William Y8 years ago

I doubt id any country is prepared for a 9 earthquake, probably not an 8, or a 7 for that matter

William Ford
William Ford8 years ago

I know US or Canada is NOT read for that. But the nature often strikes for a reason but the greed cries for the money loss.

Jon Hoy
Jonjon Hoy8 years ago

no one is really ready for an earthquake period. If we spent 98% of our time worrying about earth quakes, where would we be in society? Act of nature or act of God, no one can predict it. Thank you Bette M., but their is good and bad in any culture, race or religion. Some people take freedom to an extreme cause they lost respect on how freedom really is. If everyone respected , the world would be a better place. :-)

Brunschwig k.
Mme. B8 years ago

This is the right time to become conscious of God and his creations. Man thinks he can do whatever he wants as he can express his thoughts through words and has the great ability to build. He uses this ability more and more to destroy. Man must become modest and begin to respect nature and all its children. Killing and Massacre always creates natural disaster. Man knows very well that just Money can not bring happiness. In fact the happiness we get from the material comfort is in the absence of mental Peace as the tendency of almost all governments is to become rich at any cost. People become what the Government. So automatically the values disappear. The honesty disappears. A big vacuum is created inside our way of living.
I do hope that man will stop all his experiments on animals, stop his torture to animals, Stop being greedy by allowing himself to interfere in the plant, animal kingdom and make use of everything (which do not speak and resist ) as he wishes. Let Man become vegetarian if not at least learns to consume animal-meat just what his body needs. Why do man needs to eat whale and dolphin meats when lots of vegetables,fruits, cereals and animals products are available in great quantity?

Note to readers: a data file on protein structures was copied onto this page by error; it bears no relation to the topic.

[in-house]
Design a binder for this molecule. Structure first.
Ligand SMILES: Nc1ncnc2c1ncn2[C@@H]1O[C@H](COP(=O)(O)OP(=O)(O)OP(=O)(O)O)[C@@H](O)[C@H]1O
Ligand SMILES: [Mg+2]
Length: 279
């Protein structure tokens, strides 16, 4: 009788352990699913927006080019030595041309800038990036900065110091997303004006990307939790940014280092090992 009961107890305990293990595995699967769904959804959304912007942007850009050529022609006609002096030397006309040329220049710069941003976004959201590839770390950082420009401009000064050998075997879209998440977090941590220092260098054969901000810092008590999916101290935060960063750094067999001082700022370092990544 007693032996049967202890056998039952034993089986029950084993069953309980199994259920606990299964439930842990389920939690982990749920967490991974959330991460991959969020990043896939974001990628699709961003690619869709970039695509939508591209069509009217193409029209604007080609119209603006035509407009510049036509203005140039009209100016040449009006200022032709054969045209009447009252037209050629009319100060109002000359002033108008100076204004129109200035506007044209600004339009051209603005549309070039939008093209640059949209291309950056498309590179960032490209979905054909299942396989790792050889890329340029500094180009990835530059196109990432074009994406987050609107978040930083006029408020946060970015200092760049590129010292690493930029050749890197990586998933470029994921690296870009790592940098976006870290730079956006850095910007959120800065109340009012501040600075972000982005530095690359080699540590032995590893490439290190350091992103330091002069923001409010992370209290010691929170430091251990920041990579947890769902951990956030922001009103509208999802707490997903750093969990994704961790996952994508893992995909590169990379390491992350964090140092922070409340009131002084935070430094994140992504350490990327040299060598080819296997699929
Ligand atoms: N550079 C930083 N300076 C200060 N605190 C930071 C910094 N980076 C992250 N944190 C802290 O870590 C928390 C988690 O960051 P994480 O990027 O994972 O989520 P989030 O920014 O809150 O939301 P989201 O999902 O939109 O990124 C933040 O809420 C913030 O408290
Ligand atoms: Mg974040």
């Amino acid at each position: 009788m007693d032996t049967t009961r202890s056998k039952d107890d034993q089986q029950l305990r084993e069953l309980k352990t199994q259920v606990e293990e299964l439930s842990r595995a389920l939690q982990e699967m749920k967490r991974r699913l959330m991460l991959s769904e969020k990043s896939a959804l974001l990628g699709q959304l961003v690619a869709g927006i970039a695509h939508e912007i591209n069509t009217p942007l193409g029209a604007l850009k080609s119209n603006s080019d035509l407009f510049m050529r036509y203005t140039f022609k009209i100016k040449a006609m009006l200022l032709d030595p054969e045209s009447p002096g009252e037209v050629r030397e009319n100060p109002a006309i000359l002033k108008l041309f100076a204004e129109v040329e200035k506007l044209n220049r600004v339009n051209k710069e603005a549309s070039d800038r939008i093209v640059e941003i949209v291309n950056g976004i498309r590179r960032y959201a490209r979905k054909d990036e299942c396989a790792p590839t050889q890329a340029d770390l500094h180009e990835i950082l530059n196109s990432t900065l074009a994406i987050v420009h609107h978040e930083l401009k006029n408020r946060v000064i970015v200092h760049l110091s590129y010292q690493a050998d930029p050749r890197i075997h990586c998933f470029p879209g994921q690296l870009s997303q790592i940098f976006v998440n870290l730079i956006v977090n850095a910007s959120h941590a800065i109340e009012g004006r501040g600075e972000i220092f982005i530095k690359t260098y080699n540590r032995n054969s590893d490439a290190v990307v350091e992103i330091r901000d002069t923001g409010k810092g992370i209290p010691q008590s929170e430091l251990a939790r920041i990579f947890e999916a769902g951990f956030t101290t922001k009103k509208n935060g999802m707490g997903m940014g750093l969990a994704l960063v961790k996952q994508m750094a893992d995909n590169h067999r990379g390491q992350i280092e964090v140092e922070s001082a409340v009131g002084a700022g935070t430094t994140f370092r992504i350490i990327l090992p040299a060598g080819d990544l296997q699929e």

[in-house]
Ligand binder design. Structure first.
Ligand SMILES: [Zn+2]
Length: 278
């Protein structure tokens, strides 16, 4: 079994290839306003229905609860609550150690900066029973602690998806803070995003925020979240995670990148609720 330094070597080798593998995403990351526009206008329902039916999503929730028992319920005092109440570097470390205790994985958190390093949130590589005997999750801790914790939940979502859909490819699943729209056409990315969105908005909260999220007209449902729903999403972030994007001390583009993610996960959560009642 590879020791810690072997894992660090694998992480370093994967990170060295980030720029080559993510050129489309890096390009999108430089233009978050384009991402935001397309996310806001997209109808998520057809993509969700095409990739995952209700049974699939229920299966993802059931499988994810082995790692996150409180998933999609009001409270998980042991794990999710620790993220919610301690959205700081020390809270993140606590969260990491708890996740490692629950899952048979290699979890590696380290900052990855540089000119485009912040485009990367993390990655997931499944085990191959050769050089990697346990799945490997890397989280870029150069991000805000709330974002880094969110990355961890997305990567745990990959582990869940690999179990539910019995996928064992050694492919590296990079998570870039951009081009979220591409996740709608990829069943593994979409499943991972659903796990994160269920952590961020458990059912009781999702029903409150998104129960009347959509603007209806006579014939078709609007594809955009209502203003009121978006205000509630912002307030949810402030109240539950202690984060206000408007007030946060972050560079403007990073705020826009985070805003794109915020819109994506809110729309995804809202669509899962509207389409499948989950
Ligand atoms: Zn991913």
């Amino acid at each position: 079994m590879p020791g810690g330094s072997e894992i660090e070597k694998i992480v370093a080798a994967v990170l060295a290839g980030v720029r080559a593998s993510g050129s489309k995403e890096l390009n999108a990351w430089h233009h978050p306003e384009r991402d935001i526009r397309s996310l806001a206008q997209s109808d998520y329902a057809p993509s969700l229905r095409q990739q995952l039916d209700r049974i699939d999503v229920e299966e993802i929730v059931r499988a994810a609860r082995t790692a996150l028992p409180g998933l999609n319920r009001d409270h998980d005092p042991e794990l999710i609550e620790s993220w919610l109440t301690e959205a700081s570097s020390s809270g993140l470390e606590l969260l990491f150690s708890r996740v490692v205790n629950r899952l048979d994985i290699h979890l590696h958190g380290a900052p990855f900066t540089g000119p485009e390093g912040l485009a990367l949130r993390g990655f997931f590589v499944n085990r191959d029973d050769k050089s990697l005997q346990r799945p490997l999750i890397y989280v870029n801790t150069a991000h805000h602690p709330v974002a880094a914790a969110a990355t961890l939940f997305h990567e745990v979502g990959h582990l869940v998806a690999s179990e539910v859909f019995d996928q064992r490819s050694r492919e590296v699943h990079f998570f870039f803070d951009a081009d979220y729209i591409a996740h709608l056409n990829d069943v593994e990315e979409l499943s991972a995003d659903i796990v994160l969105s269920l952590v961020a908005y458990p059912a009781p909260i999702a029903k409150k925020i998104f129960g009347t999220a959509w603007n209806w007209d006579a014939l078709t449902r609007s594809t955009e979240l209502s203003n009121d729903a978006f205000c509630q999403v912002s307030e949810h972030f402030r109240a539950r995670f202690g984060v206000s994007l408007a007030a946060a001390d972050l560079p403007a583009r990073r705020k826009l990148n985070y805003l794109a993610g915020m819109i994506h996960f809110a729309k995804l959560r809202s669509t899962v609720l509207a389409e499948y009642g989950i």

Walter G.
Walter G8 years ago

I asked one of the people I correspond with, not living in the US myself, if he was ready, along with his family, for a devastating natural disaster. He said they were indeed, car dealerships first, then appliance stores to pick up a large screen TV, jewelry stores and supermarkets.

Bette M.
Bette M8 years ago

Bernadette P. wrote:
The media would have a field day with all the screaming,crying,shouting, complaining etc..

The peopleof Japan have been exceedingly dignified throughout all of this tragedy. I recall all of the wailing, screaming, crying & much fear being filmed during the whole thing of Katrina. Even that dumbass mayor had the gall to to make a speech at the city county building "that this is our chocolate city!" Had anyone else said that their would have been a riot on top of the flooding.

The Japanese & blacks are poles apart in their attitude & reaction to any given natural or man made disaster. Of all the scenes & filming of the people of Japan I saw no looting nor anyone hiding out on top of buildings to fearful to leave of being shot by looters as was the case with one set of foreign visitors in N.O.(All of it was filmed of the people on a roof top hotel.)

People are different in their cultural upbringing & react accordingly. Blacks or any other minority group should take a lesson from the attitude the Japanese have heroically displayed through out all of this tragedy.

Plant & protect Danny's trees for life in 2011.
Ttrees are the lungs of the earth.......

Kay L.
KayL NOFORWARDS8 years ago

And look at the biggest upcoming disaster of all -- climate change -- and hardly anyone is truly preparing!

Jonathan Y.
Jonathan Y8 years ago

As a society and a culture, we Americans are about as prepared as the grasshoper was for winter.

It's foolish and futile to say you can't do anything. Of course you can! You can legislate better engineering and better evacuation/ medical facilities. It DOES make a difference, just check out the previous Kobe quake in japan - buildings that were reinforced saved lives, old buildings that were not killed thousands of innocent people, including schoolchildren. Same thing in Chile.

Just wait until the Yellowstone Caldera blows. It's about due now, and is one of the biggest megavolcanoes on the earth's crust. Would affect the entire northern and eastern U.S. And are we preparing for it? Stupidly no, aside from a few government studies.